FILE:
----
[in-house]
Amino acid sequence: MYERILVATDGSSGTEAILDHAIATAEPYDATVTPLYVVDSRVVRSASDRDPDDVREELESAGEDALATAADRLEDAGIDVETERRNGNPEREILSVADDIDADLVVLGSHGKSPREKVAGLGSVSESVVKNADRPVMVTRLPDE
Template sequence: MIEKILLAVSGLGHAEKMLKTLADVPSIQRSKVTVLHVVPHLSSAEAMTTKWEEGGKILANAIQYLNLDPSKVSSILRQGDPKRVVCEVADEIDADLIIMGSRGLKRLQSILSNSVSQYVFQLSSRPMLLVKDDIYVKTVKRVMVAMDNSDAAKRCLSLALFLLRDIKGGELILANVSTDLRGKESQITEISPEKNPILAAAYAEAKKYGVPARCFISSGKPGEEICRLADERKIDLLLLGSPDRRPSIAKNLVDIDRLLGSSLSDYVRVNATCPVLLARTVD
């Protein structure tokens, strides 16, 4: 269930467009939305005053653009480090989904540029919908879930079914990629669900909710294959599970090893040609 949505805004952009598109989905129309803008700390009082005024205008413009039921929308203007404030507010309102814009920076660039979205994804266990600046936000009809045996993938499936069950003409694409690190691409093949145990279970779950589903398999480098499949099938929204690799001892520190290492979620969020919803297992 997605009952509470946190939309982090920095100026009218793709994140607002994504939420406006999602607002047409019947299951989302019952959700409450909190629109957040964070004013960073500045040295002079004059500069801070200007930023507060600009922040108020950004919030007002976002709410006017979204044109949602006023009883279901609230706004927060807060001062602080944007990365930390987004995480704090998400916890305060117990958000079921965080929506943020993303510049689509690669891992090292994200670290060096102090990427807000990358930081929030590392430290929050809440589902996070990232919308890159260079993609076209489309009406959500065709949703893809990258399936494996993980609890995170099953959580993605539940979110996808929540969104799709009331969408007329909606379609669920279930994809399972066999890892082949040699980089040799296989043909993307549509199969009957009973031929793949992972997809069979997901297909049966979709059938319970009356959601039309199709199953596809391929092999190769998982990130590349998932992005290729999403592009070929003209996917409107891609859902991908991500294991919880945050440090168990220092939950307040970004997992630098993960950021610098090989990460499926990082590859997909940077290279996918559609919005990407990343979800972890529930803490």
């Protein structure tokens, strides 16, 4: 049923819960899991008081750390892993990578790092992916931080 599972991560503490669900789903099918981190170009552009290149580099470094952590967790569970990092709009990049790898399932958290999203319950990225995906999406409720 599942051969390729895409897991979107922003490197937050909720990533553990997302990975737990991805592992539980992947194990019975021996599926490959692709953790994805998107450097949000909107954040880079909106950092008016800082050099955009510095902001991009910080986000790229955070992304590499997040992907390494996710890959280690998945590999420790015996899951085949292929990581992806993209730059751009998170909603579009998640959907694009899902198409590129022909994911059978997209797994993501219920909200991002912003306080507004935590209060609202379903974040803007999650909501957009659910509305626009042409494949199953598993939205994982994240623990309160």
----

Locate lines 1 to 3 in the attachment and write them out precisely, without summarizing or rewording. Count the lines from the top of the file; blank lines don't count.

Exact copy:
[in-house]
Amino acid sequence: MYERILVATDGSSGTEAILDHAIATAEPYDATVTPLYVVDSRVVRSASDRDPDDVREELESAGEDALATAADRLEDAGIDVETERRNGNPEREILSVADDIDADLVVLGSHGKSPREKVAGLGSVSESVVKNADRPVMVTRLPDE
Template sequence: MIEKILLAVSGLGHAEKMLKTLADVPSIQRSKVTVLHVVPHLSSAEAMTTKWEEGGKILANAIQYLNLDPSKVSSILRQGDPKRVVCEVADEIDADLIIMGSRGLKRLQSILSNSVSQYVFQLSSRPMLLVKDDIYVKTVKRVMVAMDNSDAAKRCLSLALFLLRDIKGGELILANVSTDLRGKESQITEISPEKNPILAAAYAEAKKYGVPARCFISSGKPGEEICRLADERKIDLLLLGSPDRRPSIAKNLVDIDRLLGSSLSDYVRVNATCPVLLARTVD